I remember forgetting how to pray, and learning again, because of my primitive understanding of Hebrew, and having always prayed to Jesus, until the revelation came one night in 2011 while gazing into the maze of Chicago’s skyscrapers from a hotel room, going through a messy breakup, that I need to stop worshipping a man and my crumbling relationship; that evening I found a sliver of G-d, reaching down into the cold ruins of my consciousness from the starry lights of the many windows, like glimpses of warmth in the sea of black concrete during a chilly downtown night:

Shema Israel Ad-nai Eloheinu, Ad-nai Echad.

was the first prayer I had prayed, battling a massive headache, strangling loneliness, questioning my future and my willingness to stay alive for it.

“Stretch out your hand, Moishe.”

The words penetrate the chosen leader’s focus as the clouds grow darker, a harbinger for night.

Wood smacks stone. The waters flee in furor, light obliterating darkness. Two majestic curtains of sea stretch into the brewing clouds, opening a passage for the Hebrews. The nearly-drowned Chieftan is regaining composure, having been swept under his feet by the power of the parting.

The Hebrews start forward, abandoning carts and deadweight, led by an astonished Moses and Aaron. Trembling with fear, awed in the Presence.

The Chieftan is named Nachshon, son of Aminadav and directly descended from Judah, son of Jacob. His namesake, allusive to the Hebrew word nachshol, “waves”, is the name I am taking on as a Jew.

Reading from a framed prayer, in Hebrew, at the poolside, wet hair covering my eyes from the third immersion in the mikvah, I begin:

Blessed are You, Ad-nai
Ruler of the Universe
Who has sanctified us with the mitzvot
and has commanded us concerning immersion.

My Rabbi begins a beautiful Hebrew prayer, the most beautiful prayer, and I hear him speak my name as though it were written in a book. My identity rose out of the water that day. My desire, my current life, and my future, family, children, home, I will go with G-d and mend the world in an everlasting covenant; I will speak of these words to my children, speak of these words while I sit at home, when I walk along the way, and when I lie down and rise up. I will bind these as a sign upon my hands, between my eyes. I will hang them on my doorposts and upon my gates.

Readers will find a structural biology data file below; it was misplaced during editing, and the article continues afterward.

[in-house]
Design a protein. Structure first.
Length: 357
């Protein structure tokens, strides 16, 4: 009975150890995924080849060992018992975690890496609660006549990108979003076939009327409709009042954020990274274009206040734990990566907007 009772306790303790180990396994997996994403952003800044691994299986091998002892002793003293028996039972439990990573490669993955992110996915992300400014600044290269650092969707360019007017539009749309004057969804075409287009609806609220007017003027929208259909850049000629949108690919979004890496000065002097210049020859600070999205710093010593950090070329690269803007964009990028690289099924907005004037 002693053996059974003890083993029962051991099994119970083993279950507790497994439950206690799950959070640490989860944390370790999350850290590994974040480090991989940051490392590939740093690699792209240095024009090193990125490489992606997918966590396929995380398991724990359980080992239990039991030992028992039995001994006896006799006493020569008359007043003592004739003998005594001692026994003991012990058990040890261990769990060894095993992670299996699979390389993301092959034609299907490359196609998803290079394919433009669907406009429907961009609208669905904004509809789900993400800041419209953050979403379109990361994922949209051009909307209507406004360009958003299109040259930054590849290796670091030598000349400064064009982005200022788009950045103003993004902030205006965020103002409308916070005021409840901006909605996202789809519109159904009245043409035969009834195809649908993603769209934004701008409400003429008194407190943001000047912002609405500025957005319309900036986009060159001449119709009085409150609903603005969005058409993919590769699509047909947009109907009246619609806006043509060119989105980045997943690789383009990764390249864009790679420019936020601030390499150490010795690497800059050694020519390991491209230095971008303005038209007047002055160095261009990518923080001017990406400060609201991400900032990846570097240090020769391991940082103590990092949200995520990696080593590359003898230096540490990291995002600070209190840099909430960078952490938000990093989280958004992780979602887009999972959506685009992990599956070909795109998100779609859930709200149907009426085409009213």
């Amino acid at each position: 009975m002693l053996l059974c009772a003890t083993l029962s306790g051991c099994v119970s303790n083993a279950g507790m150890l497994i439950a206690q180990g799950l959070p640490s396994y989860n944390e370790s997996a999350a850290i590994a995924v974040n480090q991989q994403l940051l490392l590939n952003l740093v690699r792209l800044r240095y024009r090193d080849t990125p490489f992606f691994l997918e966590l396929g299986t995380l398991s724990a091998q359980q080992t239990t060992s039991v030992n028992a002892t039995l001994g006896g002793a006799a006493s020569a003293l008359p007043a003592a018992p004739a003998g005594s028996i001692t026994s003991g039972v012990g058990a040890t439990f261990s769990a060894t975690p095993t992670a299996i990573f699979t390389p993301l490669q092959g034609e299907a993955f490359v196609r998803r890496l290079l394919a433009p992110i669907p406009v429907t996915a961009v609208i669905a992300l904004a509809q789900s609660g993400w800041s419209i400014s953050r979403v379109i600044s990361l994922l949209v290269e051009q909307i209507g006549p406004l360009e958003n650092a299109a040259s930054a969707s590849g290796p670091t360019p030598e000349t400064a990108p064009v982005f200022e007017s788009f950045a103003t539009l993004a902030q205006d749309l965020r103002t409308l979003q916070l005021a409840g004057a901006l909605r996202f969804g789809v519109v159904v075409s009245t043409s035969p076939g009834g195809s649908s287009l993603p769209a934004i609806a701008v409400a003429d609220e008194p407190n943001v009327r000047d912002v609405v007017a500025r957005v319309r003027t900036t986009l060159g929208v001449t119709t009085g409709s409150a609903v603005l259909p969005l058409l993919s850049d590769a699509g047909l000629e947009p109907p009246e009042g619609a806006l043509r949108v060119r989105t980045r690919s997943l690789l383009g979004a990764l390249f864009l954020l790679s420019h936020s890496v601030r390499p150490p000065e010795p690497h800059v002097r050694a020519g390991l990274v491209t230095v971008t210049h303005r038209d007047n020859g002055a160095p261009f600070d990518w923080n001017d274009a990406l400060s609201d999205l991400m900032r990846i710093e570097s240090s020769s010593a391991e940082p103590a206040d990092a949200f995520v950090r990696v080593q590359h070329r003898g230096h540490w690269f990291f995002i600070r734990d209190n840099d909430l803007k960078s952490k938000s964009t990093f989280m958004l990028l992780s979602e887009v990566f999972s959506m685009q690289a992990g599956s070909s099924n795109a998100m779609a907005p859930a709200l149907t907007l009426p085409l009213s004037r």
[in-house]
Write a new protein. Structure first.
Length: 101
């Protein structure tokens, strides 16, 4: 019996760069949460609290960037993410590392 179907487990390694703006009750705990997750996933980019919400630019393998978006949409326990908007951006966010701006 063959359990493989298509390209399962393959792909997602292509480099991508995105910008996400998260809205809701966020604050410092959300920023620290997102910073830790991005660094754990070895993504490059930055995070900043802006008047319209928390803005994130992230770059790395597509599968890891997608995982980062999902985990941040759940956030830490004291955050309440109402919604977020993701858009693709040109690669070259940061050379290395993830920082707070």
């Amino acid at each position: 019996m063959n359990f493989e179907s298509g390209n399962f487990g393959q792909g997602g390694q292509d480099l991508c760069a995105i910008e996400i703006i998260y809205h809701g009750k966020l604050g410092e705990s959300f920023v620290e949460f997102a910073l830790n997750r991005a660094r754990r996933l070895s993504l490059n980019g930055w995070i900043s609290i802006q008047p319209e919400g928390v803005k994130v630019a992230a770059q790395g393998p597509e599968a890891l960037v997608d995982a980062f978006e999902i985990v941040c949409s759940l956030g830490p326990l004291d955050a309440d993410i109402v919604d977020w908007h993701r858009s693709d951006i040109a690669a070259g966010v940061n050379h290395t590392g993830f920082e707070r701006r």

The waters are open, blown back by a strong Eastern wind; my life’s Egypt behind. I am free. I belong. And the journey has only begun… although I am still imperfect, although I still, like a child, continue to learn from misunderstandings and petty mistakes, I am untouched by regret, rather, yolked by delight that I am going where I am meant to go.

And it has not been effortless, this choice will not be without complication. My identity was once scarred by a controlling, aggressive darkness, unconfident and insecure. Difficulties in the road ahead are surely waiting for me. The future is uncertain for all of us, no matter where we are in life.

Stretch out your hand, Moishe, take a breath, go with faith.

Go.

12 Nisan 5775

A few months ago I had attended a film with one of my close friends from high school, someone whose interests remained in the realm of my own as I gradually made a split from my younger identity into what I am passionate for today.  The film was a more rational, somewhat inaccurate take of the story of Pesach, and as two with a heart for ancient near-Eastern study and history, we critiqued and marveled at Ridley Scott’s “Exodus: Gods and Kings”.

My friend was, within a few days, bound to study internationally in Israel, Palestine and Jordan, and I hastily wrote a brief prayer on a wastingly large piece of paper (a plea, really) for him to tuck into the Western Wall during his time in the Old City in Jerusalem, a tradition among its visitors for belief that the Holy Presence rests on top of the wall, answering prayers.

And I wonder when the plea will be answered, or realized.

A person will often ask me, “what do you do?”  I will always feel a quick hesitant restraint, a glimpse into the dark shame I have wrestled with that I have no viable education nor an adult’s job…